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Legislation

The Guardianship and Administration Act 1990, enables a substitute decision-maker to be appointed to make decisions in the best interests of an adult* with a decision-making disability.

*18 years of age or older.

Under the legislation, the State Administrative Tribunal can appoint two types of substitute decision-makers:

  1. a guardian who makes personal, lifestyle and treatment decisions for the represented person
  2. an administrator who makes financial and legal decisions for the represented person.

Applications to the Tribunal for the appointment of a guardian or administrator can be made by an individual or an organisation with an interest in, or concern for, the well-being of an adult with a decision-making disability.

Appointed guardians and administrators are most often family members or friends of the person with a decision-making disability. In cases where a suitable person cannot be found, the Public Advocate may be appointed as guardian and the Public Trustee as administrator.

Similarly, the legislation allows for individuals (who still have capacity) to complete two legal powers in order to nominate substitute decision-makers for themselves, who will make decisions on their behalf if they lose decision-making capacity:

  1. An Enduring Power of Guardianship, in which an adult can appoint a person or people of their choice to make personal, lifestyle and treatment decisions. This person is called an enduring guardian.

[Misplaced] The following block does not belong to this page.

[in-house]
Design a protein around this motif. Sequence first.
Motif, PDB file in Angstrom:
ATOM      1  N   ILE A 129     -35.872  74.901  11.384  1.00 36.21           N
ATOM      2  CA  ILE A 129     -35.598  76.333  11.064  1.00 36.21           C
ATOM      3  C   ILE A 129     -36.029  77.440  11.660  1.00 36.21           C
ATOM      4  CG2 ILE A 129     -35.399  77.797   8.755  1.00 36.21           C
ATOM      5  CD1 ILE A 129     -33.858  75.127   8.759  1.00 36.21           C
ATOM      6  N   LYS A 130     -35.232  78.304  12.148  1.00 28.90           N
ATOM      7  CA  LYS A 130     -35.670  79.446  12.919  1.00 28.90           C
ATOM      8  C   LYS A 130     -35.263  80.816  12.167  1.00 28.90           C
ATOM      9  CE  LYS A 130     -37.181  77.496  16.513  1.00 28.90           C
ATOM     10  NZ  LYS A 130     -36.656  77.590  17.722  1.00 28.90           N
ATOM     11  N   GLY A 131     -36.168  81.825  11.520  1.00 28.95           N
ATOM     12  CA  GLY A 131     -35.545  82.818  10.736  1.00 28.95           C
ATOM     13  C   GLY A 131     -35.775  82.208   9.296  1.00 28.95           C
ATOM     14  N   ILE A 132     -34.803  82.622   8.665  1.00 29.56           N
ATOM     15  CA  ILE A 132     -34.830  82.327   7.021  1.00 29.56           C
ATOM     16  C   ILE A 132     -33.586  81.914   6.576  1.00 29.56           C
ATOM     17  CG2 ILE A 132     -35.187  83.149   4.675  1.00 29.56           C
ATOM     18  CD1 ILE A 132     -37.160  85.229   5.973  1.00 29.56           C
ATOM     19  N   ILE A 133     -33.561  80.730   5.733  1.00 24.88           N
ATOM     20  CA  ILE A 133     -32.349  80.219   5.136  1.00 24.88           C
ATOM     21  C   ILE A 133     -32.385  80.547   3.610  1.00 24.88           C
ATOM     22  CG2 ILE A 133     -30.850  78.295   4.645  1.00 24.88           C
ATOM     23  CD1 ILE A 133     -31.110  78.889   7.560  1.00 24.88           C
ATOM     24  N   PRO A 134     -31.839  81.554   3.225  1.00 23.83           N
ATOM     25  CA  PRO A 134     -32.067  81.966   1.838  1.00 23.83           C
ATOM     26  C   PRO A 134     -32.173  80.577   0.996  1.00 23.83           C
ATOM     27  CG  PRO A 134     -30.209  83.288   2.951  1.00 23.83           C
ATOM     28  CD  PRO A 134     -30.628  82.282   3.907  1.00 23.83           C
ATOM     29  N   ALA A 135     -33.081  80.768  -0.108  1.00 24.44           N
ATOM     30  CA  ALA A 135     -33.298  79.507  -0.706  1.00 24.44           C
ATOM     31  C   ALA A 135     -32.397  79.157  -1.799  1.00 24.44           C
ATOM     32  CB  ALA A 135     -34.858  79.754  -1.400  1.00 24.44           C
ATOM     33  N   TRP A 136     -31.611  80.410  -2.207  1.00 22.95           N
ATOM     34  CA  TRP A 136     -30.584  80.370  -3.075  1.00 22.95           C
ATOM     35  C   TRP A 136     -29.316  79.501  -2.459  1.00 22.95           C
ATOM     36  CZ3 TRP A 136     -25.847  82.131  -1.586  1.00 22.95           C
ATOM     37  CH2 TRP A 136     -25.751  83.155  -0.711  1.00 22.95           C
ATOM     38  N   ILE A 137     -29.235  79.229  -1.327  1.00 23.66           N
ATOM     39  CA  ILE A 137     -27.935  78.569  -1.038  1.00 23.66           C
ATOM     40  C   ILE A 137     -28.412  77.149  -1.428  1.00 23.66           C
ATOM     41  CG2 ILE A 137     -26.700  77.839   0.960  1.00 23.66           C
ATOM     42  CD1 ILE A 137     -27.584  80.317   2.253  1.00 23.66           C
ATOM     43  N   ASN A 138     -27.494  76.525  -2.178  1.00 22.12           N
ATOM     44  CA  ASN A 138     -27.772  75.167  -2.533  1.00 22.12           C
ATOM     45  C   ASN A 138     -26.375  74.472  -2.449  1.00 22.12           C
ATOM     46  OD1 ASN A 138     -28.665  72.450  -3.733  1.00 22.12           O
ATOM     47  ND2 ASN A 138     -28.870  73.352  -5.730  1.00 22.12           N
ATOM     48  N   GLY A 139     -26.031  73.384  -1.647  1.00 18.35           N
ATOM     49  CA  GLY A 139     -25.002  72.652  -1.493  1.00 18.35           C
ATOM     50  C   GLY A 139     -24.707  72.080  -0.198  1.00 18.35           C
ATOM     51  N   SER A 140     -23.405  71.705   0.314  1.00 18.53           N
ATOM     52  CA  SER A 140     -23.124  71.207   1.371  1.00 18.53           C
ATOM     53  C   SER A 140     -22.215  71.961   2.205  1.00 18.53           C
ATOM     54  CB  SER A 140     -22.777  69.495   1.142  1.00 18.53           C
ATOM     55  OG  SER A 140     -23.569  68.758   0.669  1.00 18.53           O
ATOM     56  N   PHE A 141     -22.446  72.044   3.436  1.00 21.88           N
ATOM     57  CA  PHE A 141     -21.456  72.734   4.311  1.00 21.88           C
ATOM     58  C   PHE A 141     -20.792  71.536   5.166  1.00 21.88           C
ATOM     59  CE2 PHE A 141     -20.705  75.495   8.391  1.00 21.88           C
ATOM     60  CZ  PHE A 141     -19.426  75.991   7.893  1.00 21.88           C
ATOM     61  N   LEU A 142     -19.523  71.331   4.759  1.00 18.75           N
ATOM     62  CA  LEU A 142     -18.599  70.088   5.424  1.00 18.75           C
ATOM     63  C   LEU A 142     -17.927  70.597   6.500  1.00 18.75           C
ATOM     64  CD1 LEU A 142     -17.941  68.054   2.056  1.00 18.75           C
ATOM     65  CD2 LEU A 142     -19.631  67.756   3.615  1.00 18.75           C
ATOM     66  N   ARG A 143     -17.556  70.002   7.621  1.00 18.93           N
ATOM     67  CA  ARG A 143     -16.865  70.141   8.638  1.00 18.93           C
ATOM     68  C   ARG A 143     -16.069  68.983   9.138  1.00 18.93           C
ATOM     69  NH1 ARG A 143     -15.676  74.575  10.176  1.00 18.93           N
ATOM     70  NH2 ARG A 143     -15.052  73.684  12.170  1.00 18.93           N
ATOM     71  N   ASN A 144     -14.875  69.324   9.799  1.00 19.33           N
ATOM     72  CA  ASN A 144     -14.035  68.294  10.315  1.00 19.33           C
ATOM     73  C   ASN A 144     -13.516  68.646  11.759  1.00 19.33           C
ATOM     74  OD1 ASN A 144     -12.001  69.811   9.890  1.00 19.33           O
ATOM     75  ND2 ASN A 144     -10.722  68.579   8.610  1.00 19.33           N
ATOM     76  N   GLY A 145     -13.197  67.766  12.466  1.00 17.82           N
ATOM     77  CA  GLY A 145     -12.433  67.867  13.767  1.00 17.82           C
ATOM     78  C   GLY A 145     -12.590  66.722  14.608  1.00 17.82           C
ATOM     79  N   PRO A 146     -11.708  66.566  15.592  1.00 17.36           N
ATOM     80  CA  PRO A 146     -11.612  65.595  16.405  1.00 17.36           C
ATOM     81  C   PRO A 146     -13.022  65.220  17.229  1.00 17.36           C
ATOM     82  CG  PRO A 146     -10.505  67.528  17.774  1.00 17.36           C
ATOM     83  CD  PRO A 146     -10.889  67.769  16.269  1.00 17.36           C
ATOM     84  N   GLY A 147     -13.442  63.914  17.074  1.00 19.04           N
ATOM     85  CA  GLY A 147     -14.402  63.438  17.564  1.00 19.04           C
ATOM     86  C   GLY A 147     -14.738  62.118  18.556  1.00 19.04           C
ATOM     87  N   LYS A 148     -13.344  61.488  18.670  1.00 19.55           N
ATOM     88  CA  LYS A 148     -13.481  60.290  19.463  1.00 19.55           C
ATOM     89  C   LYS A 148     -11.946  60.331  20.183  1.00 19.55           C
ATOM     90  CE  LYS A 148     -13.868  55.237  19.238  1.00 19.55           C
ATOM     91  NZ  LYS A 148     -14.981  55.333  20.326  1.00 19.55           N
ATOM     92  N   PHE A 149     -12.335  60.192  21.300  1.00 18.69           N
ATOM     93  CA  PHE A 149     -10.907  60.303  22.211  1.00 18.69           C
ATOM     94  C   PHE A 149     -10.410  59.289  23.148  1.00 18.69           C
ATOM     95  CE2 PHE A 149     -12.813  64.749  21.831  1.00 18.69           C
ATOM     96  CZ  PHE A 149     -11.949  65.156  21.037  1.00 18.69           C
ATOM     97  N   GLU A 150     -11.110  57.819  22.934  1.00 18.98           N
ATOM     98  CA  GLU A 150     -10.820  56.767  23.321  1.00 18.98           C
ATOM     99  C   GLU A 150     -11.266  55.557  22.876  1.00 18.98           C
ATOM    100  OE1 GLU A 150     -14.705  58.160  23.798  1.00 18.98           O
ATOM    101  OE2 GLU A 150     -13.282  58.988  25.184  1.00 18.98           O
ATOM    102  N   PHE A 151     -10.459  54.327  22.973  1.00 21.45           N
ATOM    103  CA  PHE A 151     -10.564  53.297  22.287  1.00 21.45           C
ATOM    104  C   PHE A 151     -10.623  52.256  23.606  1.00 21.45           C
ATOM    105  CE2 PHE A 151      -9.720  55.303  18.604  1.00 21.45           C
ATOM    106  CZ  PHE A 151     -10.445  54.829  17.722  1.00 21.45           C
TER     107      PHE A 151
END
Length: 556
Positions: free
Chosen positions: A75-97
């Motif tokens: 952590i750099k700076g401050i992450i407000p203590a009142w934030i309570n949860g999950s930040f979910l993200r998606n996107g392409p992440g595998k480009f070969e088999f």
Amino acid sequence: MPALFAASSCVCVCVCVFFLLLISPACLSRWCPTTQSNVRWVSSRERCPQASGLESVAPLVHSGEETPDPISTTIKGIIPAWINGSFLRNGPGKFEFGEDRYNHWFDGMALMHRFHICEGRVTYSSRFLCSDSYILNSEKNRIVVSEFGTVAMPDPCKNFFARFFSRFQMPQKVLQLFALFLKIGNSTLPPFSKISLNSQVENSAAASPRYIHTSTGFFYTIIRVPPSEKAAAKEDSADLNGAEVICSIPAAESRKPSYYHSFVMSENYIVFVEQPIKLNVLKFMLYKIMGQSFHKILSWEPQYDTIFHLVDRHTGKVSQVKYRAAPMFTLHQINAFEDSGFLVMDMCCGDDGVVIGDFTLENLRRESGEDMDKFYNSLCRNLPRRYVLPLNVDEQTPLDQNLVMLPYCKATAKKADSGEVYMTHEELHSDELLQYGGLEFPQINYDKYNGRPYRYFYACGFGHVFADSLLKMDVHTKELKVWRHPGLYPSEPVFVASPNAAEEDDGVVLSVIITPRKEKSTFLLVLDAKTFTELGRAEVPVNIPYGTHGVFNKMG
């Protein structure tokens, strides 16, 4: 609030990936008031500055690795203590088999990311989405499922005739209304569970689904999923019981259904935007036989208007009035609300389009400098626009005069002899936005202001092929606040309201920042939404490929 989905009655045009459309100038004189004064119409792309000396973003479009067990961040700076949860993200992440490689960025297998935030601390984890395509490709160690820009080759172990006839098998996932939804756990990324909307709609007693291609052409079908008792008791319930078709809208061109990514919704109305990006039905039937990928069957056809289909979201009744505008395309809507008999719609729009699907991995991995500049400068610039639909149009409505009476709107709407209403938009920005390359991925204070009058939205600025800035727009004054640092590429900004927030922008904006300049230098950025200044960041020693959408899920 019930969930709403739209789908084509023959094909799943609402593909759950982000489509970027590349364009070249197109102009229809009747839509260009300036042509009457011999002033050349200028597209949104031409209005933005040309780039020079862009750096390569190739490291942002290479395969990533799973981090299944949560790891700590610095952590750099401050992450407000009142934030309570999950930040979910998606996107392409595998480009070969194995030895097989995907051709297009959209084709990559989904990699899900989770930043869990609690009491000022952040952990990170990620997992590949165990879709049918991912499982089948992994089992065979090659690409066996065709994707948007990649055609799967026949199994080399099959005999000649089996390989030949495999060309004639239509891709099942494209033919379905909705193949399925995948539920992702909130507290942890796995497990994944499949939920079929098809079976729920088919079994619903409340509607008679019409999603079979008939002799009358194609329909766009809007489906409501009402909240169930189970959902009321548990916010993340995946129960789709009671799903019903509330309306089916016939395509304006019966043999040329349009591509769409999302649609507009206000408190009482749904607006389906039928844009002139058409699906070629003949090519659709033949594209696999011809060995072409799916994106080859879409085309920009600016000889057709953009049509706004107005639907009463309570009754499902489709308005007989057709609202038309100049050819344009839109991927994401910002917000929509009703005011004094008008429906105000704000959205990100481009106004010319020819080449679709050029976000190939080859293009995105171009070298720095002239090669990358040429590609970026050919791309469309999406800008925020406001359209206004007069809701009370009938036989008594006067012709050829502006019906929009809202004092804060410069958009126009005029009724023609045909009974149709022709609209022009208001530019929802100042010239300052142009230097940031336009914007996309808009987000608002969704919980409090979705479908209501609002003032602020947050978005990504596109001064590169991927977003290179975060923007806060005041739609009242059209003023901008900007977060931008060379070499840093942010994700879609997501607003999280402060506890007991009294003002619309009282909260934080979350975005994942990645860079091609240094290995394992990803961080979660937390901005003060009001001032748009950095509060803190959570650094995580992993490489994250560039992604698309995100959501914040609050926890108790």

2. An Enduring Power of Attorney, in which an adult can appoint one or two people of their choice to make financial and legal decisions. This person is called an attorney.

Principles of the legislation

The Guardianship and Administration Act 1990 specifies the principles used when determining if a person with a decision-making disability needs a substitute decision-maker to safeguard their best interests.

Best interests

The primary concern of the Act is to promote the best interests of the person with a decision-making disability.

Presumption of competence

Every person is presumed to be capable of managing their own affairs and making reasonable judgements about themselves, their safety and their finances unless proved to the contrary.

Least restrictive alternative

A guardian or administrator is appointed by the State Administrative Tribunal when a person’s needs can no longer be met in a less restrictive way.

Limited versus plenary

The authority of an appointed guardian or administrator will be determined by the State Administrative Tribunal which must consider whether a person needs a substitute decision-maker in all or just some areas of their life.

When the person is found to require decision making for just some areas of their life (for example they may be capable of deciding where they live but not about the treatment they need) the Tribunal will issue a “limited order”. A limited order will specifiy the areas in which the guardian or administrator may act.

When the person requires a substitute decision-maker for all areas of their life, the Tribunal will issue a plenary order.

Respect for the person's wishes 

The views and wishes of the person concerned, expressed in whatever manner - either at the time or gathered from the person's previous actions - shall, as far as possible, be taken into account.

Last Updated: 12-Feb-2010

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